The Sonata E35 is a decent budget-friendly USB dongle, but it does have a few flaws.
Their lowest-end DAC/amp is the TempoTec Sonata HDII with a simple plug-and-play design. Their highest-end portable DAC/amp is the TempoTec Sonata E44, which is essentially a more powerful version of the E35 and has a 4.4mm TRRS balanced output.
The TempoTec E35 has a 3.5mm TRS output, and is considered one of TempoTec’s higher-end portable DAC/Amps.
TempoTec was established by a team of competent audiophiles with 20 years of audio system development under their belts. Their multinational team is filled with experts that share a passion for analog audio. They listen to the feedback of their users and provide improvements through new products.
- Form: Portable DAC/Amp
- Frequency Response (Hz): 0kHZ – 40kHZ/+- 0.5DB
- Removable Cable: N
- Source Jack: 3.5mm TRS
- Mic: N
- Dimensions: 51mm x 185mm
- Additional Features: Dual CS43131 DACs and hardware volume control
- Audio Formats Supported: MP3/FLAC/WAV/PCM (Up to 32bit) / DSD (Up to 384kHz DSD256 (native) and DSD128 (DOP))
- Output Power: 80 mW/32 Ohm and 2Vrms
- Platforms/Software supported: PC, MAC, Android, iOS, Windows 7/8/8.1/10
- Available Colors: Black and golden coffee
The TempoTec Sonata E35 comes with only minimal and basic accessories.
In the box
- TempoTec Sonota E35
- USB-C to USB-A adaptor
- Two screen protectors
- Two wipes (x1 dry and x1 wet)
- A High-Res sticker
The two cables attached to the E35 are the cable for the 3.5mm TRS output and the USB-C plug. They are well designed, and I never encountered a connectivity issue. The E35’s cables are 4-core 6N single crystal copper wire, which TempoTec claims to provide extremely high transmission performance and better sound quality.
The E35 has a simple plug-and-play design and is aesthetically pleasing to the eyes. The E35’s case build quality is great for its price, and the same can be said about the cables. It’s all solid and sturdy, so you won’t have to worry about using the E35 when walking outside or even running to catch the train during your commute.
The E35 has a metal housing with glass plates, with the brand name Tempotec on the front faceplate. The Sonata E35 name is printed in silver on the back. It comes in two colors, black and golden coffee, and IMO, the golden coffee color looks even better than black.
The E35’s buttons are tactile, and its design is simple yet good-looking.
What I like most about the E35 are the sturdy twisted cables and the metal-reinforced connectors. These factors inspire confidence in the E35’s longevity. However, I do have a few issues with the E35’s design. For starters, the glass panels are fingerprint magnets, which means the E35 will need to be wiped clean from time to time.
The second issue is that the E35’s USB-C sleeve can dislocate when yanked hard. How did I encounter this issue? I disconnected the E35 to my HiBy R6 Pro, and that’s when the sleeve popped off. My heart sank for a moment, but I was able to push it back in place successfully.
The E35 has a 32-step volume scale, which isn’t marked on the device. The volume down button is just above the TempoTec logo, and the volume up button is closer to the 3.5mm cable.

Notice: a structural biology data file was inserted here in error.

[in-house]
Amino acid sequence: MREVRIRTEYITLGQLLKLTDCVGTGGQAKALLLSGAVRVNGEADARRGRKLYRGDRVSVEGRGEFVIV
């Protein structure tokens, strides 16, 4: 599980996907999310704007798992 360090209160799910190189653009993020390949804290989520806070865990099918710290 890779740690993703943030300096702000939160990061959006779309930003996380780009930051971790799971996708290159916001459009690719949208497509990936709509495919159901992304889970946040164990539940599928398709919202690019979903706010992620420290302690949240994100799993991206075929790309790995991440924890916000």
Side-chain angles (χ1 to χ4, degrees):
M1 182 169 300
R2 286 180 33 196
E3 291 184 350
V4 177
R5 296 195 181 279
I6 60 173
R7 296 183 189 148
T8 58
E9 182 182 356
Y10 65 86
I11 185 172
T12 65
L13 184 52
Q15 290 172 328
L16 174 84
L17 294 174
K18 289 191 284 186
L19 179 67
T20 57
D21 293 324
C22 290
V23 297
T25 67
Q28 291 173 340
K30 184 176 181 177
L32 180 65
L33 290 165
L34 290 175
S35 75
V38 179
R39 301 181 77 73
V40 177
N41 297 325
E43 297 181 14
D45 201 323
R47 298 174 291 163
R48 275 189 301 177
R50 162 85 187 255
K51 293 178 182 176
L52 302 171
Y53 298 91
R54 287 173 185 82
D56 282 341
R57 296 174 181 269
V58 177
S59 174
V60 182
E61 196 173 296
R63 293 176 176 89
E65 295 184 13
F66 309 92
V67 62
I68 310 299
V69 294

Unfortunately, there isn’t much information on the E35’s internals, except that it uses dual CS43131 DAC chips.
The E35 has great sound quality for a budget portable DAC/amp.
After burning in the E35 for over 100 hours, there were no discernible differences with the E35’s sound. The E35 stays relatively cool most of the time with use, and I never encountered any connectivity issues. Great job TempoTec.
- Samsung Galaxy S20 5G
- Unique Melody 3DT
- 100+ Hours of burn-in
- Tidal and Spotify (Highest Quality)
- “Hardwire” by Dark0 for Bass (Tidal)
- “Shadowlord” by Keiichi Okabe, Kakeru Ishihama, Keigo Hoashi, and Takafumi Nishimura for Mids (Spotify)
- “Black Diamond” by The Rippingtons, Russ Freeman (Modern Jazz) for Treble (Tidal)
The bass depth and quantity are solid and slightly north of neutral. This presentation of the E35’s bass is clean with good control and precision. The bass pulse from “Hardwire” melts into the background and vibes with the vocals.
It’s almost like the E35 can meld both bass and mids together for added flavor. I wouldn’t go as far as to claim divine harmony, just friends who go well together.
The mids have more of a neutral approach with a laid-back nature. The E35’s laidback mids make it easy to listen to “Shadowlord”. The haunting vocals in the background are smooth and chilling from the 3DT+E35 combo.
The E35 also provides clear mids and does well with fast tracks but can trip up a little during the fast passages of “Shadowlord”.
Good extension with a faint shimmer. It’s like the E35 threw a pinch of sparkles on the lower-end of the treble. There’s also a modest presence of air behind the treble extension. This is precisely why the 3DT’s soundstage has a bit more breathing room that allows tracks like “Black Diamond” to stretch.
What pleases me most about the 3DT+E35 combo is the pairing of the 3DT’s micro details and the E35’s smooth sound. They go together even better than the bass and vocals from “Hardwire”. The micro-details are easy to detect because they aren’t glossed over.
Where to Buy
In conclusion, the TempoTec Sonata E35’s design, functionality, and sound are a decent combination of form factor and value. I quite enjoyed my time listening to the E35 for the past several weeks. Still, I did run into a few problems, varying from fingerprint issues, hardware bypass with Tidal, unpackaging difficulties, and the USB-C sleeve dislocating.
If it weren’t for these issues, I would easily give the E35 a 4/5. As is, it’s a decent unit, with good build quality and great sound, well suited for multiple genres.